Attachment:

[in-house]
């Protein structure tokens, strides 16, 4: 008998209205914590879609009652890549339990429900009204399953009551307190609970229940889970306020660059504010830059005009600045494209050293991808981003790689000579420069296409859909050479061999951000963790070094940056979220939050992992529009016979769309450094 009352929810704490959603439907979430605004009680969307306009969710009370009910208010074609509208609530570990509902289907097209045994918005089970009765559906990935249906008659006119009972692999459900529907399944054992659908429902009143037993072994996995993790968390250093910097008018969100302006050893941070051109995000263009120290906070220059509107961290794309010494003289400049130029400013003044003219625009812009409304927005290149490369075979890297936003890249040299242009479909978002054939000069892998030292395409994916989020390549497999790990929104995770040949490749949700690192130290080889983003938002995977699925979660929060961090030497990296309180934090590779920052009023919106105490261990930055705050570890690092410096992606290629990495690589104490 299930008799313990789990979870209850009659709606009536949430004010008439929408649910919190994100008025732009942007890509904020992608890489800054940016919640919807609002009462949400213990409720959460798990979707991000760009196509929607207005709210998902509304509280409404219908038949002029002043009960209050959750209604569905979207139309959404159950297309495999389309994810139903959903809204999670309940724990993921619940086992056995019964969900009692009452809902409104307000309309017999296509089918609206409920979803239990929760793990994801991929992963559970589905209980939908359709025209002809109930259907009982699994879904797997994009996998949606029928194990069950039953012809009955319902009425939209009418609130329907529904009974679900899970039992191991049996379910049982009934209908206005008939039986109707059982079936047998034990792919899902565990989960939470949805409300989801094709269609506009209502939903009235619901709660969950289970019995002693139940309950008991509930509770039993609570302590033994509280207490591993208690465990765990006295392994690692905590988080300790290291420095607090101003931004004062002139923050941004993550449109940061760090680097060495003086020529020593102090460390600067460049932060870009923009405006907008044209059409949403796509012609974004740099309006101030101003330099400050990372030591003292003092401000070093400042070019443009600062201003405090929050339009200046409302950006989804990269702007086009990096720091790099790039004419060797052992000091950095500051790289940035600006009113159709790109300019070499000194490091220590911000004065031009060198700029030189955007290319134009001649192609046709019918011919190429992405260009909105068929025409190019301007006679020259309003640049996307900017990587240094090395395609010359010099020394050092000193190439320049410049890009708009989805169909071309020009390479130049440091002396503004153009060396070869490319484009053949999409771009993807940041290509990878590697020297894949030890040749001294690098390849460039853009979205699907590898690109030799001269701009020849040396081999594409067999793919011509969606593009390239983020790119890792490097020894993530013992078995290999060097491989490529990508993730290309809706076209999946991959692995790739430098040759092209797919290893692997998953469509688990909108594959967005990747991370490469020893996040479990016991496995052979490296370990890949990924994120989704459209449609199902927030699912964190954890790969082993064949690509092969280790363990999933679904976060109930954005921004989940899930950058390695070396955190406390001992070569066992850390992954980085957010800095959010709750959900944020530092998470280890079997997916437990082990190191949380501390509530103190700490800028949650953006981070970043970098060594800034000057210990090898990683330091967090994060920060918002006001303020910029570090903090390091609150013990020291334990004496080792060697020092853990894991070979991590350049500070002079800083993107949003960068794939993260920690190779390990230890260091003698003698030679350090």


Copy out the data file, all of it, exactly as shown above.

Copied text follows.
[in-house]
């Protein structure tokens, strides 16, 4: 008998209205914590879609009652890549339990429900009204399953009551307190609970229940889970306020660059504010830059005009600045494209050293991808981003790689000579420069296409859909050479061999951000963790070094940056979220939050992992529009016979769309450094 009352929810704490959603439907979430605004009680969307306009969710009370009910208010074609509208609530570990509902289907097209045994918005089970009765559906990935249906008659006119009972692999459900529907399944054992659908429902009143037993072994996995993790968390250093910097008018969100302006050893941070051109995000263009120290906070220059509107961290794309010494003289400049130029400013003044003219625009812009409304927005290149490369075979890297936003890249040299242009479909978002054939000069892998030292395409994916989020390549497999790990929104995770040949490749949700690192130290080889983003938002995977699925979660929060961090030497990296309180934090590779920052009023919106105490261990930055705050570890690092410096992606290629990495690589104490 299930008799313990789990979870209850009659709606009536949430004010008439929408649910919190994100008025732009942007890509904020992608890489800054940016919640919807609002009462949400213990409720959460798990979707991000760009196509929607207005709210998902509304509280409404219908038949002029002043009960209050959750209604569905979207139309959404159950297309495999389309994810139903959903809204999670309940724990993921619940086992056995019964969900009692009452809902409104307000309309017999296509089918609206409920979803239990929760793990994801991929992963559970589905209980939908359709025209002809109930259907009982699994879904797997994009996998949606029928194990069950039953012809009955319902009425939209009418609130329907529904009974679900899970039992191991049996379910049982009934209908206005008939039986109707059982079936047998034990792919899902565990989960939470949805409300989801094709269609506009209502939903009235619901709660969950289970019995002693139940309950008991509930509770039993609570302590033994509280207490591993208690465990765990006295392994690692905590988080300790290291420095607090101003931004004062002139923050941004993550449109940061760090680097060495003086020529020593102090460390600067460049932060870009923009405006907008044209059409949403796509012609974004740099309006101030101003330099400050990372030591003292003092401000070093400042070019443009600062201003405090929050339009200046409302950006989804990269702007086009990096720091790099790039004419060797052992000091950095500051790289940035600006009113159709790109300019070499000194490091220590911000004065031009060198700029030189955007290319134009001649192609046709019918011919190429992405260009909105068929025409190019301007006679020259309003640049996307900017990587240094090395395609010359010099020394050092000193190439320049410049890009708009989805169909071309020009390479130049440091002396503004153009060396070869490319484009053949999409771009993807940041290509990878590697020297894949030890040749001294690098390849460039853009979205699907590898690109030799001269701009020849040396081999594409067999793919011509969606593009390239983020790119890792490097020894993530013992078995290999060097491989490529990508993730290309809706076209999946991959692995790739430098040759092209797919290893692997998953469509688990909108594959967005990747991370490469020893996040479990016991496995052979490296370990890949990924994120989704459209449609199902927030699912964190954890790969082993064949690509092969280790363990999933679904976060109930954005921004989940899930950058390695070396955190406390001992070569066992850390992954980085957010800095959010709750959900944020530092998470280890079997997916437990082990190191949380501390509530103190700490800028949650953006981070970043970098060594800034000057210990090898990683330091967090994060920060918002006001303020910029570090903090390091609150013990020291334990004496080792060697020092853990894991070979991590350049500070002079800083993107949003960068794939993260920690190779390990230890260091003698003698030679350090």